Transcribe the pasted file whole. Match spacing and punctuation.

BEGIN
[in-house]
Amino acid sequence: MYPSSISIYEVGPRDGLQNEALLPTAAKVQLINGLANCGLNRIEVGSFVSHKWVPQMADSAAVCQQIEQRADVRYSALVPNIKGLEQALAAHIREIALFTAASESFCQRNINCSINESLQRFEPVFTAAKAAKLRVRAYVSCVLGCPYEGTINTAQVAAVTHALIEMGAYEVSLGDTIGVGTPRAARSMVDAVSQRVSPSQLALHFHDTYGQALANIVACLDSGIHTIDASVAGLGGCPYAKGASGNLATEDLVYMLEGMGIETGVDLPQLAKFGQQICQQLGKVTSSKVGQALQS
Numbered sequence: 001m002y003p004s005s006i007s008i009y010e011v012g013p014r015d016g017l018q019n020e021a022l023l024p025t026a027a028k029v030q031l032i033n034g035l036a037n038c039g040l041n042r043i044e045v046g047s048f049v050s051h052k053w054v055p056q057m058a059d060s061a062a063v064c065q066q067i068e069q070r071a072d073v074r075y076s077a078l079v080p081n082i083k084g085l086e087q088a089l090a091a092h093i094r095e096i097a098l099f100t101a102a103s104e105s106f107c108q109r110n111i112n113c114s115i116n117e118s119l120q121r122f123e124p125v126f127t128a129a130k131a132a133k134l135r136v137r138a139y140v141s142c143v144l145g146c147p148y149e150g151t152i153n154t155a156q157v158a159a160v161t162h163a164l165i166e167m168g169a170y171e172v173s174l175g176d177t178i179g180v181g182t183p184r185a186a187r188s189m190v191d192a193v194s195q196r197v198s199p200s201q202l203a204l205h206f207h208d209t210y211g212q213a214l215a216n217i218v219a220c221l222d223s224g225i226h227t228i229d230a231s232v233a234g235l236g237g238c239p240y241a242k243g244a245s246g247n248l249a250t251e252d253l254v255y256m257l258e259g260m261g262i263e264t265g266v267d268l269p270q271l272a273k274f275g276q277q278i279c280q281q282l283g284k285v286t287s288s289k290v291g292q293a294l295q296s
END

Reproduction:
[in-house]
Amino acid sequence: MYPSSISIYEVGPRDGLQNEALLPTAAKVQLINGLANCGLNRIEVGSFVSHKWVPQMADSAAVCQQIEQRADVRYSALVPNIKGLEQALAAHIREIALFTAASESFCQRNINCSINESLQRFEPVFTAAKAAKLRVRAYVSCVLGCPYEGTINTAQVAAVTHALIEMGAYEVSLGDTIGVGTPRAARSMVDAVSQRVSPSQLALHFHDTYGQALANIVACLDSGIHTIDASVAGLGGCPYAKGASGNLATEDLVYMLEGMGIETGVDLPQLAKFGQQICQQLGKVTSSKVGQALQS
Numbered sequence: 001m002y003p004s005s006i007s008i009y010e011v012g013p014r015d016g017l018q019n020e021a022l023l024p025t026a027a028k029v030q031l032i033n034g035l036a037n038c039g040l041n042r043i044e045v046g047s048f049v050s051h052k053w054v055p056q057m058a059d060s061a062a063v064c065q066q067i068e069q070r071a072d073v074r075y076s077a078l079v080p081n082i083k084g085l086e087q088a089l090a091a092h093i094r095e096i097a098l099f100t101a102a103s104e105s106f107c108q109r110n111i112n113c114s115i116n117e118s119l120q121r122f123e124p125v126f127t128a129a130k131a132a133k134l135r136v137r138a139y140v141s142c143v144l145g146c147p148y149e150g151t152i153n154t155a156q157v158a159a160v161t162h163a164l165i166e167m168g169a170y171e172v173s174l175g176d177t178i179g180v181g182t183p184r185a186a187r188s189m190v191d192a193v194s195q196r197v198s199p200s201q202l203a204l205h206f207h208d209t210y211g212q213a214l215a216n217i218v219a220c221l222d223s224g225i226h227t228i229d230a231s232v233a234g235l236g237g238c239p240y241a242k243g244a245s246g247n248l249a250t251e252d253l254v255y256m257l258e259g260m261g262i263e264t265g266v267d268l269p270q271l272a273k274f275g276q277q278i279c280q281q282l283g284k285v286t287s288s289k290v291g292q293a294l295q296s